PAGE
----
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Pamimaquin

February 7, 2015

Day 24 Friday, February 6, 2015

Tom, the leader of our trip here to Guatemala, purchased a large quantity of beautiful, colourful Guatemalan scarves and I bought 25 of them and will be selling them for $10.00 each when I return home and am hoping that I will sell them quickly, as to be part of the volunteer project I am to fundraise enough for 2 stoves at $225.00 each. I have done some fundraising already, but need to do more. The volunteers pay their own expenses to get here and while here, and fortunately the cost of living here is very low, such as the hotel we are staying in costs us each about $8.00 each per day and that is including breakfast. We had to pay $50.00 each when we arrived and each day a different group dips into this fund to prepare a yummy lunch for everyone so we can eat it ” on site”. Today was not a stove building day but a one and a half hour trip up intoimage image image image image image image image the mountains to a village named Panimaquin. The main purpose of this trip was to experience more of the culture and beauty of Guatemala, but also to visit the school that Tom and his wife Rita built in memory of their son, Sam, who was killed about 7 years ago, on his bicycle while attending college in London, Ontario at age 20. The scenery driving up into the mountains was stunningly spectacular, as only those who have the opportunity to witness themselves, would understand. On our way we stopped at a Glass Blowing factory, employing many Guatemalans, and were able to watch the work and see how the recycled glass was turned into beautiful glassware. The school gives children who live high up in the mountains, a good opportunity to get their education, but only to grade 4. I believe after that they have to travel a fair distance on foot to a school and many sadly do not make it. The kids were cute, of course and they did a few little presentations for us and then we got to mingle  and play with them. I loved watching the little boy play  with the small round hoop and the stick…quite a game made from found materials. Some women were cooking tortillas and I was watching and was happy when they asked if I would like to help them…had a difficult time trying to make one small tortilla! The houses clustered near and around the school were a big improvement over the ones we visited earlier this week and have running water and electricity, but they are very isolated. Tom was very instrumental in the water arriving, using money donated at the time of his son’s death, along with the help, I believe, of the Perth, Ontario Rotary Club. Home and our daily group meeting, which is always interesting and then a small group of us headed back to the Asian restaurant we enjoyed last night. The next 2 days we are free to make our own plans.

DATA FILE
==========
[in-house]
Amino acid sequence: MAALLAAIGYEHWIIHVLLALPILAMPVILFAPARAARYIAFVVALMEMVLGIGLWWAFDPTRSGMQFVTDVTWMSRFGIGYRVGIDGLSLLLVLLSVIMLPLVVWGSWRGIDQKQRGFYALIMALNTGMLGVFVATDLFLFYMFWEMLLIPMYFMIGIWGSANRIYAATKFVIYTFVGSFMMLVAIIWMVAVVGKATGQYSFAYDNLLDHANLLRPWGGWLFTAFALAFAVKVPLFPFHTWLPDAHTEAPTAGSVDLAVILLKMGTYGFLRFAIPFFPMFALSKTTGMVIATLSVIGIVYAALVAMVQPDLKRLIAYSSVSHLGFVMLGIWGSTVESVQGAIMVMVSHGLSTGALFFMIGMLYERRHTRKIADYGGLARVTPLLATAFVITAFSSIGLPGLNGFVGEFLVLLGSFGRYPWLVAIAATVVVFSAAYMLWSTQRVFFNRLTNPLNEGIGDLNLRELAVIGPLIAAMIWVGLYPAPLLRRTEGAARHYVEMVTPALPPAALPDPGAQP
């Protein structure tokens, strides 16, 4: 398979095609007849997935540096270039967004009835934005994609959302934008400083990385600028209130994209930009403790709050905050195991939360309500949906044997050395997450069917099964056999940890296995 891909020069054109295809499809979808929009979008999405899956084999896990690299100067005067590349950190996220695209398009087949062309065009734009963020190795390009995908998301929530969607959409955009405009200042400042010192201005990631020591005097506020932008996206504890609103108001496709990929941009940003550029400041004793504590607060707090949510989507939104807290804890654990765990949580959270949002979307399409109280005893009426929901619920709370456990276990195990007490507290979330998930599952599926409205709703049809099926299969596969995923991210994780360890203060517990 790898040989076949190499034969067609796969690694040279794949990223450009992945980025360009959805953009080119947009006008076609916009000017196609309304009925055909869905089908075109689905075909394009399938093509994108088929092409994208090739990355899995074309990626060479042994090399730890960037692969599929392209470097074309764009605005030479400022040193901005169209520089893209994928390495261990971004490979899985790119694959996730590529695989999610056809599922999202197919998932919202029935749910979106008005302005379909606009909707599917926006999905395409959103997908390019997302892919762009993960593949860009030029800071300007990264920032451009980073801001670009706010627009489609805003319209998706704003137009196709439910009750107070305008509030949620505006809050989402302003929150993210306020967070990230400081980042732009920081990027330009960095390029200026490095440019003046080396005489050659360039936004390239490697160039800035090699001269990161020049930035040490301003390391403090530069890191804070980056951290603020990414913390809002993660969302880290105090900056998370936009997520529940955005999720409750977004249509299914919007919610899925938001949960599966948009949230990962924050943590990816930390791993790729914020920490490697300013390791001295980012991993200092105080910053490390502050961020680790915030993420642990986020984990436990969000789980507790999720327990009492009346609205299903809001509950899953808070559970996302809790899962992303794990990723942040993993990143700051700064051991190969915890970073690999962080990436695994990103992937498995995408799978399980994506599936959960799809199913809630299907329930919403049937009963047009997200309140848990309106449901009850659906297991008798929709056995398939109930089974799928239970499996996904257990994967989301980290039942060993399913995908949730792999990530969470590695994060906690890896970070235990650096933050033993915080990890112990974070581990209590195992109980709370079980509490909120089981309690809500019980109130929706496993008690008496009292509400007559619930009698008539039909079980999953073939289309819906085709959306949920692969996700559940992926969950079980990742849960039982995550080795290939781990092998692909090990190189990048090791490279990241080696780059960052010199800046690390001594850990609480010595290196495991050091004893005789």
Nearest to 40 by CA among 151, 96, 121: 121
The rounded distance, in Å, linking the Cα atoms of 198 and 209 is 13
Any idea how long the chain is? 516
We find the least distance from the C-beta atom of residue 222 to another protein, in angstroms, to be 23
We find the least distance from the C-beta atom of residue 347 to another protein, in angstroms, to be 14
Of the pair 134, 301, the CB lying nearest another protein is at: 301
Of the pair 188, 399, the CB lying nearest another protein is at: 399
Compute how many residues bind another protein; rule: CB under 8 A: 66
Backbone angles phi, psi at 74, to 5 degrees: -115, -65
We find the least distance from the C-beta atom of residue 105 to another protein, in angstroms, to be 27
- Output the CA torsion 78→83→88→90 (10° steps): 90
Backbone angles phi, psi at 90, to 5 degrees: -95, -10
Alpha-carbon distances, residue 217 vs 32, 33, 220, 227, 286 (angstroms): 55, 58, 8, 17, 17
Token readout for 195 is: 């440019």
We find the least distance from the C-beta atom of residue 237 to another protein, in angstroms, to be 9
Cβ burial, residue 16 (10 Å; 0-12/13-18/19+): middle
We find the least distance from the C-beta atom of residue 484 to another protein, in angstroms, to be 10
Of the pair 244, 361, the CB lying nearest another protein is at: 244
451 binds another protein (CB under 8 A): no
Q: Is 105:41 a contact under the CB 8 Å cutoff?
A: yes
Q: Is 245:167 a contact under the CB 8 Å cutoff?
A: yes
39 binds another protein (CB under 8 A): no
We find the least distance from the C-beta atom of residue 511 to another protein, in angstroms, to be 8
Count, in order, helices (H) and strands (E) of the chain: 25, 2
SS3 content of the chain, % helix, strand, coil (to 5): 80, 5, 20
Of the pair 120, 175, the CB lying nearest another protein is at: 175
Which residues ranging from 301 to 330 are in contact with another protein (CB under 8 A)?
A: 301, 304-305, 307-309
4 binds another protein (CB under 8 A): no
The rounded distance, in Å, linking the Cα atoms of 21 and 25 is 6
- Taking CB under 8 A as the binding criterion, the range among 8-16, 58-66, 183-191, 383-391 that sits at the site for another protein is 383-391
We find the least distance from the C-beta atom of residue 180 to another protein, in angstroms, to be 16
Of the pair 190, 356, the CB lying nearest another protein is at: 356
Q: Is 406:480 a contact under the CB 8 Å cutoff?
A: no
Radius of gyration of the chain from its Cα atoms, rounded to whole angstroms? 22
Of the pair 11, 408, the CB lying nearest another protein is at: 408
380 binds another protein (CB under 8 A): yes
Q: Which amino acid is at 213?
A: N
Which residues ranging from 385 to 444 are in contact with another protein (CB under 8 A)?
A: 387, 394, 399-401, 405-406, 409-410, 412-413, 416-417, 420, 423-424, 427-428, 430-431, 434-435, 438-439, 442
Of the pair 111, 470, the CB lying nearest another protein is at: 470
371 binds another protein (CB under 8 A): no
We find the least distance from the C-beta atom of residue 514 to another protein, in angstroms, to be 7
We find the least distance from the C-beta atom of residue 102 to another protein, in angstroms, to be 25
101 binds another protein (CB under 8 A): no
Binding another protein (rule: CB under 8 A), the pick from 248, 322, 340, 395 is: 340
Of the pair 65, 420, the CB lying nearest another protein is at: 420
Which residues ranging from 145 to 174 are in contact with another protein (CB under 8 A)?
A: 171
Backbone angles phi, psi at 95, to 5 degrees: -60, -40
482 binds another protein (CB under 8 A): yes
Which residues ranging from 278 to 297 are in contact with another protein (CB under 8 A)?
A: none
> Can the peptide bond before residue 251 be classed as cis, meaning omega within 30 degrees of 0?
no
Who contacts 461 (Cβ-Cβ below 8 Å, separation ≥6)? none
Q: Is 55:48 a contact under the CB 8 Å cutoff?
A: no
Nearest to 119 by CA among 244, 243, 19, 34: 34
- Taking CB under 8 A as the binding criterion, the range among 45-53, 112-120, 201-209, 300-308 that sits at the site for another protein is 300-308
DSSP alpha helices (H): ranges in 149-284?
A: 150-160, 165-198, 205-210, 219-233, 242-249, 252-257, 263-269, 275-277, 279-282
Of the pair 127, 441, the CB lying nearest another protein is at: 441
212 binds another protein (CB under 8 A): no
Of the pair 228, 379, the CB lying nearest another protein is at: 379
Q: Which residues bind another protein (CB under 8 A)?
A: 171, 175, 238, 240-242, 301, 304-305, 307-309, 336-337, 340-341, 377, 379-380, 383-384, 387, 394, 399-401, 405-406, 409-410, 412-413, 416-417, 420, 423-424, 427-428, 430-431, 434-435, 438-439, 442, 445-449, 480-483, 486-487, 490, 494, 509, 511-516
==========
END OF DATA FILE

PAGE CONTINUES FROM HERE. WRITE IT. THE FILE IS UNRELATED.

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8 Comments
  1. Farrah permalink

    I’ll buy a scarf!

  2. Jackie Holzman permalink

    Save a scarf for me please! >

  3. RALPH MILLAR permalink

    Hi KathyCount me in to buy one of your scarves. I would like early selection from your supplyplease.                                   Pat

  4. Helina permalink

    Hi Kathy – put me down for two scarves please.
    Great job on all your hard work with the stoves this week! xo

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